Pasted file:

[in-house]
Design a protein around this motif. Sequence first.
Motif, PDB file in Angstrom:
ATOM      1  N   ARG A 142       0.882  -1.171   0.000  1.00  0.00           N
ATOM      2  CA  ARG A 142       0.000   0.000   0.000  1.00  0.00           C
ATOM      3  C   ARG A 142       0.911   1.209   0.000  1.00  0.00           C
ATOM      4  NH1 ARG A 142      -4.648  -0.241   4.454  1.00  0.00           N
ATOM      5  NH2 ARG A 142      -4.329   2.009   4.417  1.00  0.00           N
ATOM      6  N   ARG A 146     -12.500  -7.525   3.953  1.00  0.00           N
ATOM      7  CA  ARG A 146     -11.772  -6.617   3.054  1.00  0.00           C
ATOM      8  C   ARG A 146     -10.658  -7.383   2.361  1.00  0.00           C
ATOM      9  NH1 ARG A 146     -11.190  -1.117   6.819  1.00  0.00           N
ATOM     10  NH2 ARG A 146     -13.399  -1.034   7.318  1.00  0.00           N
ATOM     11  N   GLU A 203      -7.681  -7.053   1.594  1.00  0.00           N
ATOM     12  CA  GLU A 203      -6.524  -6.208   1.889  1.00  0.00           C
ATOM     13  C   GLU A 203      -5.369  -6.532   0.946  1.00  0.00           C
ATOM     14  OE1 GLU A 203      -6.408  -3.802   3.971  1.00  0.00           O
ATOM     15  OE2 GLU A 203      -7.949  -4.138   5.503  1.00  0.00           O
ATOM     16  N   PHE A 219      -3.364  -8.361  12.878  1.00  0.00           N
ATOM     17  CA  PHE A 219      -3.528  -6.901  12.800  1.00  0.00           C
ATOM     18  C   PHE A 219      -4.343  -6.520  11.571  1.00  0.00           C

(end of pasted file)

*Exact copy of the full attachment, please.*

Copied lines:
[in-house]
Design a protein around this motif. Sequence first.
Motif, PDB file in Angstrom:
ATOM      1  N   ARG A 142       0.882  -1.171   0.000  1.00  0.00           N
ATOM      2  CA  ARG A 142       0.000   0.000   0.000  1.00  0.00           C
ATOM      3  C   ARG A 142       0.911   1.209   0.000  1.00  0.00           C
ATOM      4  NH1 ARG A 142      -4.648  -0.241   4.454  1.00  0.00           N
ATOM      5  NH2 ARG A 142      -4.329   2.009   4.417  1.00  0.00           N
ATOM      6  N   ARG A 146     -12.500  -7.525   3.953  1.00  0.00           N
ATOM      7  CA  ARG A 146     -11.772  -6.617   3.054  1.00  0.00           C
ATOM      8  C   ARG A 146     -10.658  -7.383   2.361  1.00  0.00           C
ATOM      9  NH1 ARG A 146     -11.190  -1.117   6.819  1.00  0.00           N
ATOM     10  NH2 ARG A 146     -13.399  -1.034   7.318  1.00  0.00           N
ATOM     11  N   GLU A 203      -7.681  -7.053   1.594  1.00  0.00           N
ATOM     12  CA  GLU A 203      -6.524  -6.208   1.889  1.00  0.00           C
ATOM     13  C   GLU A 203      -5.369  -6.532   0.946  1.00  0.00           C
ATOM     14  OE1 GLU A 203      -6.408  -3.802   3.971  1.00  0.00           O
ATOM     15  OE2 GLU A 203      -7.949  -4.138   5.503  1.00  0.00           O
ATOM     16  N   PHE A 219      -3.364  -8.361  12.878  1.00  0.00           N
ATOM     17  CA  PHE A 219      -3.528  -6.901  12.800  1.00  0.00           C
ATOM     18  C   PHE A 219      -4.343  -6.520  11.571  1.00  0.00           C